Different states were able to enact wildly different policies depending on their specific needs as well, which created 50 unique ways to respond to the pandemic. “California and Florida handled the pandemic in polar opposite ways, with California having extreme lockdowns and Florida balking at every restriction,” said Rose. “And yet both their economies did really well. It came down to strong leadership of a policy.”

At the national level, mask mandates in airplanes and airports enabled travellers to continue travelling here with confidence as well, which kept travel and its economic benefits open throughout the pandemic. The government still requires international travellers to be fully vaccinated.

Travellers should know that vaccine rates among residents vary widely by state and even county, with some cities having a much higher vaccination rate and readiness to welcome visitors back safely. Rose recommends checking the county you’re visiting rather than at the state levels, for the most accurate information.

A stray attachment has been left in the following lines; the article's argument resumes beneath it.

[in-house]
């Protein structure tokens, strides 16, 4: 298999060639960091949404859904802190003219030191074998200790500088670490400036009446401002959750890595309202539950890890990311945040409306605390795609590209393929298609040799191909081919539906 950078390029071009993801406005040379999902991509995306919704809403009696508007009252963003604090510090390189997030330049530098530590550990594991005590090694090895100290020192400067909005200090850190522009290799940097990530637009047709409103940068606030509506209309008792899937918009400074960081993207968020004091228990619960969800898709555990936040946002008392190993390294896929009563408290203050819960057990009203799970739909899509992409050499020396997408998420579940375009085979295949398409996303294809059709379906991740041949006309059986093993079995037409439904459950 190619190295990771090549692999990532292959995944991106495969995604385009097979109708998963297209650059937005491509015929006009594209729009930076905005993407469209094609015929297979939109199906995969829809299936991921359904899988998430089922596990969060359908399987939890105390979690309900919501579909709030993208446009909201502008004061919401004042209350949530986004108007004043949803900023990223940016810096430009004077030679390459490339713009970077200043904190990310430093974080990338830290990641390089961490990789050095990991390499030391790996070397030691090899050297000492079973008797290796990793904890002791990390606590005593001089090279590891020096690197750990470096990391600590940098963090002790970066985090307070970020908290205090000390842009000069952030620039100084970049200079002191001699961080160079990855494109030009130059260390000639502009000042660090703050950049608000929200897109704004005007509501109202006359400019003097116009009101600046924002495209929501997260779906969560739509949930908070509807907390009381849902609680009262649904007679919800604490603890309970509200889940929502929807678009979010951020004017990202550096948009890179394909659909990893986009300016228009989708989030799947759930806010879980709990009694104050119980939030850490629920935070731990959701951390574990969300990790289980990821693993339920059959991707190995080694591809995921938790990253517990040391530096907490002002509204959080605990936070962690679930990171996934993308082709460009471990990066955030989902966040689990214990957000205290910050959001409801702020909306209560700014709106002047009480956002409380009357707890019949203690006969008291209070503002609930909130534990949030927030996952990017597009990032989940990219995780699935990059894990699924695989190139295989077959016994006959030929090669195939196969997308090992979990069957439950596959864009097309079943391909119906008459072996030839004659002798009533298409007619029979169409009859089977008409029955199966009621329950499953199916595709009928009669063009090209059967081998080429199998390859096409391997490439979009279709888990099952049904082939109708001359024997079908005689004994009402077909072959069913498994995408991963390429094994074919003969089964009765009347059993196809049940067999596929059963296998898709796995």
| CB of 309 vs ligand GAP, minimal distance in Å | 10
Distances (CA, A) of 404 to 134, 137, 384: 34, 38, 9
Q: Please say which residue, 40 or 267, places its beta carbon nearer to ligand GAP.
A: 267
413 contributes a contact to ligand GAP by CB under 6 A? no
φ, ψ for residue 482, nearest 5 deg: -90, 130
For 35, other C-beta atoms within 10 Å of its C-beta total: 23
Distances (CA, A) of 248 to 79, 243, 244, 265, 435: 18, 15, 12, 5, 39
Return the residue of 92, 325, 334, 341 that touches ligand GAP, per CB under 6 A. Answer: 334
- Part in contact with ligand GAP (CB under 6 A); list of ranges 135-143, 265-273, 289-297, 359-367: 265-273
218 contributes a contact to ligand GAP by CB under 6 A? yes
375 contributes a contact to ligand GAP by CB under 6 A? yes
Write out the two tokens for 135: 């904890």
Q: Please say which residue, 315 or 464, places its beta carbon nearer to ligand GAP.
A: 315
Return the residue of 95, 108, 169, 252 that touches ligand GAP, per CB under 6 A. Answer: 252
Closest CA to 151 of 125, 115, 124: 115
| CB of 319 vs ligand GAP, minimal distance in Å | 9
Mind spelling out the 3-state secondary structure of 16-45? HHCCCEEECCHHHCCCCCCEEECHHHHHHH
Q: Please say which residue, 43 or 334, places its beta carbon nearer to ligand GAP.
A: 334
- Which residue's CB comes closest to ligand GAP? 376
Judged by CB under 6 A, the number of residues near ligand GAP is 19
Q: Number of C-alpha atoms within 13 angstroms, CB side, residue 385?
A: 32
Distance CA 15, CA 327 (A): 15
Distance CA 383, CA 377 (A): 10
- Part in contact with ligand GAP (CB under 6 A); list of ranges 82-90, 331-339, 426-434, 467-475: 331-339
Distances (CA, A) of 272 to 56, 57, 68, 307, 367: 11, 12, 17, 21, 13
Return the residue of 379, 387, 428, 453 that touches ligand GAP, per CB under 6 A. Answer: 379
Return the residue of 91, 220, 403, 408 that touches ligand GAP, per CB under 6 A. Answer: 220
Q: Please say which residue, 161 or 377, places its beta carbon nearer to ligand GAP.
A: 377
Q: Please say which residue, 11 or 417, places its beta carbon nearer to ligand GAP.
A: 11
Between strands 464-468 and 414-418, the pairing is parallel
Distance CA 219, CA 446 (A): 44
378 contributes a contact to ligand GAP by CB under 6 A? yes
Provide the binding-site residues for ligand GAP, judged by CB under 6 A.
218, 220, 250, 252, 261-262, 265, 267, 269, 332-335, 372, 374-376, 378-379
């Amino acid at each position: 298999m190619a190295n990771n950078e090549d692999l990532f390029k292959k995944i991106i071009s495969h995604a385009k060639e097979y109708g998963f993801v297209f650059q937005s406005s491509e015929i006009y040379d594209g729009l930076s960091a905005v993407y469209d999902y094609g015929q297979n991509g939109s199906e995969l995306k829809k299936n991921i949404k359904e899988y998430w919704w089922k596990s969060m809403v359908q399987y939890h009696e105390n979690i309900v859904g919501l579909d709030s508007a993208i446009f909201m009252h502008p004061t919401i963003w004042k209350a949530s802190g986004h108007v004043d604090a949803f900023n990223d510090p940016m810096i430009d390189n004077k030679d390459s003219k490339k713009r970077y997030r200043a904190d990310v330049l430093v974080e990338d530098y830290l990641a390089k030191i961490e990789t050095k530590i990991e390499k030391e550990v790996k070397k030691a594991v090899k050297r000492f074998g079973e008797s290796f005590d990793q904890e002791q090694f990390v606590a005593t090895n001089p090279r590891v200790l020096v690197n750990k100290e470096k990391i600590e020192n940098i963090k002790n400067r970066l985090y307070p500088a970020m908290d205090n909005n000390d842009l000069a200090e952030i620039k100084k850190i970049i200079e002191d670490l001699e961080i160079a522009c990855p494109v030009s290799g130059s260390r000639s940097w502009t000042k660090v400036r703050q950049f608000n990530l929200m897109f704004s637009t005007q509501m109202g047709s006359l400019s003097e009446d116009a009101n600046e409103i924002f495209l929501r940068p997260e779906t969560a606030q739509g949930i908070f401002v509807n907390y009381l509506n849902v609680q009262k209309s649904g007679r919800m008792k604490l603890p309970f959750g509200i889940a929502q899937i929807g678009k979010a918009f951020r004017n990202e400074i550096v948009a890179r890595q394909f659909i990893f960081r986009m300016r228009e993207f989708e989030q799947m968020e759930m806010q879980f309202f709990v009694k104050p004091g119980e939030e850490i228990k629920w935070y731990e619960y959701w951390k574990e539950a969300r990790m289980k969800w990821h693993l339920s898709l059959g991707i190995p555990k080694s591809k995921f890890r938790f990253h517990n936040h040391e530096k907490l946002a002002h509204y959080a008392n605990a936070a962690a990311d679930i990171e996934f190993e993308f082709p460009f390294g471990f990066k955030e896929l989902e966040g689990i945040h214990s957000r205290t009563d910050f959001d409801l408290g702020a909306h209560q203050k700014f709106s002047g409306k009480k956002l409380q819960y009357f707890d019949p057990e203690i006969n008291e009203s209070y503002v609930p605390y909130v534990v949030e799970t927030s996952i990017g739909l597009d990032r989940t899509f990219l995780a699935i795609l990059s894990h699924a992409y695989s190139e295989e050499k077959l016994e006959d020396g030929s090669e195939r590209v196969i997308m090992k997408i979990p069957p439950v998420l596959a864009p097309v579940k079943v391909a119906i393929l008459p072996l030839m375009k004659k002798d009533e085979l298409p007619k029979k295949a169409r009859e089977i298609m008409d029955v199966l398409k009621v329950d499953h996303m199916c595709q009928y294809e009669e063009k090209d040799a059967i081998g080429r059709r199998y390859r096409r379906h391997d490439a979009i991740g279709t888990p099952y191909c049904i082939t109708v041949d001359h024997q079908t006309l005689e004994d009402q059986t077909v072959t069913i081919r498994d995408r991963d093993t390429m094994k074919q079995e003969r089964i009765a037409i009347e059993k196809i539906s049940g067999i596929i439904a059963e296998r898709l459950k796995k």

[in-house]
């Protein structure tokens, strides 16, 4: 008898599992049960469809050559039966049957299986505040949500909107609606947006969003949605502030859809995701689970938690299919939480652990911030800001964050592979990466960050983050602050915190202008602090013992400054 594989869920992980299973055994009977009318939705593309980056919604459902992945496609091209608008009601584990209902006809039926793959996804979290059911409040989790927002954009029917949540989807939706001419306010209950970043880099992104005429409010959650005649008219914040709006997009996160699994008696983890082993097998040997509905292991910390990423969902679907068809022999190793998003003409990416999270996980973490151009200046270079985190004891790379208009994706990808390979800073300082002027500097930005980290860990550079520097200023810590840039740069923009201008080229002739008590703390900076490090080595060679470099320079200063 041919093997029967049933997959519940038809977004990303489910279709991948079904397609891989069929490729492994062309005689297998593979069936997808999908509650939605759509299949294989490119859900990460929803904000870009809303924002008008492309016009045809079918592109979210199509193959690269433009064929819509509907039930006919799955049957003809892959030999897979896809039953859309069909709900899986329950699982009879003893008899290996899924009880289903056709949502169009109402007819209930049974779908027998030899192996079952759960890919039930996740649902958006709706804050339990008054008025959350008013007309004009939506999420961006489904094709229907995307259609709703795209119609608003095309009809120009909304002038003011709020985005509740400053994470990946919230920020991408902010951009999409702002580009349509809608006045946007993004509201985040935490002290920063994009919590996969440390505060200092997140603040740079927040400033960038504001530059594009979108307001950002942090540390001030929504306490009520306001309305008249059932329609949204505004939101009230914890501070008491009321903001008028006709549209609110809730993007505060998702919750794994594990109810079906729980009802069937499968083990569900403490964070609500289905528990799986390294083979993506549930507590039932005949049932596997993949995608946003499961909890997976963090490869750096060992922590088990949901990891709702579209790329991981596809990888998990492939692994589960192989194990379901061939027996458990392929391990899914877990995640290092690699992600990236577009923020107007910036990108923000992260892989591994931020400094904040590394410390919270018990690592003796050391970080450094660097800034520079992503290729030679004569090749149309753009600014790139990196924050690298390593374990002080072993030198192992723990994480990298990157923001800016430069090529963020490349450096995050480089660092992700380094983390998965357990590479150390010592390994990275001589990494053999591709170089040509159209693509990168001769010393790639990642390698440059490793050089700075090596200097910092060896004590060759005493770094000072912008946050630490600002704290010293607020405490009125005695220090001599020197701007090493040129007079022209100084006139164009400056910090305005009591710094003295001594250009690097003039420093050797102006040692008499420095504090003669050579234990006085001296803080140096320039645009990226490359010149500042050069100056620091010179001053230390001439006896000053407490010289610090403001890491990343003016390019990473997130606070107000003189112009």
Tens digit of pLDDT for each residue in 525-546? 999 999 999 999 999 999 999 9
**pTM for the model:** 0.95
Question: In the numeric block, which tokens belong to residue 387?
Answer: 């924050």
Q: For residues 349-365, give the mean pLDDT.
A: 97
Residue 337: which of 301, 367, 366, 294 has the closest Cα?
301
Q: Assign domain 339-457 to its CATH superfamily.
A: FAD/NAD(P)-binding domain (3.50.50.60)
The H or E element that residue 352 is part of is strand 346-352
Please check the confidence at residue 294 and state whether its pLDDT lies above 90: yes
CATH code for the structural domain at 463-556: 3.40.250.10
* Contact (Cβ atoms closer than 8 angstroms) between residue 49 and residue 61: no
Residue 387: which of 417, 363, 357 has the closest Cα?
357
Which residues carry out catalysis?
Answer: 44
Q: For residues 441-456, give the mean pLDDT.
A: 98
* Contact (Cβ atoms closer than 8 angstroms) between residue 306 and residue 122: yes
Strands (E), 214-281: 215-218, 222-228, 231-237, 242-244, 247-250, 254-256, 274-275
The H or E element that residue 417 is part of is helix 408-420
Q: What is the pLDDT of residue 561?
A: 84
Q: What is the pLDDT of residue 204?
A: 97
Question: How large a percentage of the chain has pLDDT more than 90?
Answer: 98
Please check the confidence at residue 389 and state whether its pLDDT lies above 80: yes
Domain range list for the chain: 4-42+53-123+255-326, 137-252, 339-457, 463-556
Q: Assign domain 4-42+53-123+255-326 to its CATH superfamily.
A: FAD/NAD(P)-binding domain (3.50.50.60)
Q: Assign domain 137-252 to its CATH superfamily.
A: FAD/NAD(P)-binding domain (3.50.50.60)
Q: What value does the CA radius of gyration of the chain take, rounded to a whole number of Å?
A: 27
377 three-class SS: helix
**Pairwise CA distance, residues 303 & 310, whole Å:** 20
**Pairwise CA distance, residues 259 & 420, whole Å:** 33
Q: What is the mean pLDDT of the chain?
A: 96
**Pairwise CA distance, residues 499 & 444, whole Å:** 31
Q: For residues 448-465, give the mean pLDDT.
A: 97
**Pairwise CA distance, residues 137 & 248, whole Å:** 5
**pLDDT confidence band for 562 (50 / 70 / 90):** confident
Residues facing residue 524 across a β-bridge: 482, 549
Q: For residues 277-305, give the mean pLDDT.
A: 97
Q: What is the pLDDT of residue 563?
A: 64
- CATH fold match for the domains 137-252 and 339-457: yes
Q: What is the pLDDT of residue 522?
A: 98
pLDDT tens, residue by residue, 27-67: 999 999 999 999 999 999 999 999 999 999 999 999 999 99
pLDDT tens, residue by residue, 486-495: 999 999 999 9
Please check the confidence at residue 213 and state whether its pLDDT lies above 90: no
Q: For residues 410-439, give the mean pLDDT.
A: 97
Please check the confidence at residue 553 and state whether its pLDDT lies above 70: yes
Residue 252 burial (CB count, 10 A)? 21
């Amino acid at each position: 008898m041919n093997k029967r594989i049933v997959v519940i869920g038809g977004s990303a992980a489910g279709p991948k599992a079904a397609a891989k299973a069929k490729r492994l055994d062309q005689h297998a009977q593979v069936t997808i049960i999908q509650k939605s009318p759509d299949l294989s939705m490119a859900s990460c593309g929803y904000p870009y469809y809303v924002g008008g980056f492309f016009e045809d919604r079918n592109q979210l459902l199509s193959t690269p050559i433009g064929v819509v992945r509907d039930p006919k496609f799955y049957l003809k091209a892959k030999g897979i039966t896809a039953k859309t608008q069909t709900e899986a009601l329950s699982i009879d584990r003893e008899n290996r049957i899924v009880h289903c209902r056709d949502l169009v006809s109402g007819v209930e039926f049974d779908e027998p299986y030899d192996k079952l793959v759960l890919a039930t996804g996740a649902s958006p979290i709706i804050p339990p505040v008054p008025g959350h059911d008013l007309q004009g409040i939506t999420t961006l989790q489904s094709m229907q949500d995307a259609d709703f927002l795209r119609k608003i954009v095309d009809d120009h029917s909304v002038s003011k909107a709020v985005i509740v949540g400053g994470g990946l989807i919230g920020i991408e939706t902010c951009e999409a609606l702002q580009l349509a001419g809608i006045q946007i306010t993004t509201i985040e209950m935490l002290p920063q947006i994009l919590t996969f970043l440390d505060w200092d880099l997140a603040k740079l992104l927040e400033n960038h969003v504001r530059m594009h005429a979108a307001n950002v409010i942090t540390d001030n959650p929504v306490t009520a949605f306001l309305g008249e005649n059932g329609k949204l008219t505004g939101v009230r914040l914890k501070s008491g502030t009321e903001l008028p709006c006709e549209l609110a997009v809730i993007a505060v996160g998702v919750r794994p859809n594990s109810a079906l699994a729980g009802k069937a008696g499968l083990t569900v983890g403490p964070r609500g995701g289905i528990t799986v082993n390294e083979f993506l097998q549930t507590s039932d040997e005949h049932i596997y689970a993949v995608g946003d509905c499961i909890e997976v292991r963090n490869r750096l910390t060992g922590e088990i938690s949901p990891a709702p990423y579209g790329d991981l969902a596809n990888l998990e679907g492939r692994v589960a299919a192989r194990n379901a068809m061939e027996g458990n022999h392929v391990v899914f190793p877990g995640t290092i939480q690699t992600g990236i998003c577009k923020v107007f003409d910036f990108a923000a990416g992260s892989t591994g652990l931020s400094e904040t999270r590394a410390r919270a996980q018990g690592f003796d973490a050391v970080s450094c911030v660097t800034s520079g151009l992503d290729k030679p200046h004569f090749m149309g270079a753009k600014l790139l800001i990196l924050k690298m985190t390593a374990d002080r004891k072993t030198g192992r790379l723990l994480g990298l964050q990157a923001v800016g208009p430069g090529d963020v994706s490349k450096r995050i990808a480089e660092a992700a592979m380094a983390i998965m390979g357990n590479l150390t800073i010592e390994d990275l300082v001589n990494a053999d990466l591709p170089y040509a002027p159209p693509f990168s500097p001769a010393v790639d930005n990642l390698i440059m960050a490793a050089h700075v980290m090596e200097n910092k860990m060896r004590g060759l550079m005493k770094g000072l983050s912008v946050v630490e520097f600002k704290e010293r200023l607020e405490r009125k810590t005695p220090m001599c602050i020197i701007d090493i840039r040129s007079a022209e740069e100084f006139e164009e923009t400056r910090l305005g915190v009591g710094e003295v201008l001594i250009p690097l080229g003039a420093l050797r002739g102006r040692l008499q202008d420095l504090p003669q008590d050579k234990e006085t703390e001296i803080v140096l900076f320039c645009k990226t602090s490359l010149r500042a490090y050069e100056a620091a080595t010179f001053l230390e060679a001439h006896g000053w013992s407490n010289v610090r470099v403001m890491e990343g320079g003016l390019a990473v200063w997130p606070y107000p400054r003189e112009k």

Source link

The Beast, world’s longest wooden roller coaster, is getting longer

(CNN) — It’s pretty much a yearly occurrence these days — some amusement park is setting a new roller coaster record. Maybe it’s for speed. Maybe it’s for a special design feature.

The Beast apparently isn’t going to rest on its laurels though. The park announced in a news release Wednesday that it’s going to extend the track by 2 feet, solidifying its grip on the record by 24 inches.

How long is The Beast exactly?

Refurbishment of The Beast started in November.

Refurbishment of The Beast started in November.

Kings Island/Cedar Fair Entertainment

The Beast has been a length of 3,759 feet (or 1,146 meters) in its long life. But when it opens in May, riders will enjoy those 2 extra feet because of “offseason retracking and reprofiling work,” the release said.

Obviously, those 2 extra feet (.6 meters) are going to fly by pretty darn fast. Perhaps more important and more noticeable to the thrill-seekers on the ride will be a steeper first drop.

Kings Island said it “has been reprofiled from 45 degrees to 53 degrees so that it can come into the tunnel lower and deliver a buttery-smooth transition through the first tunnel and onto the second drop.”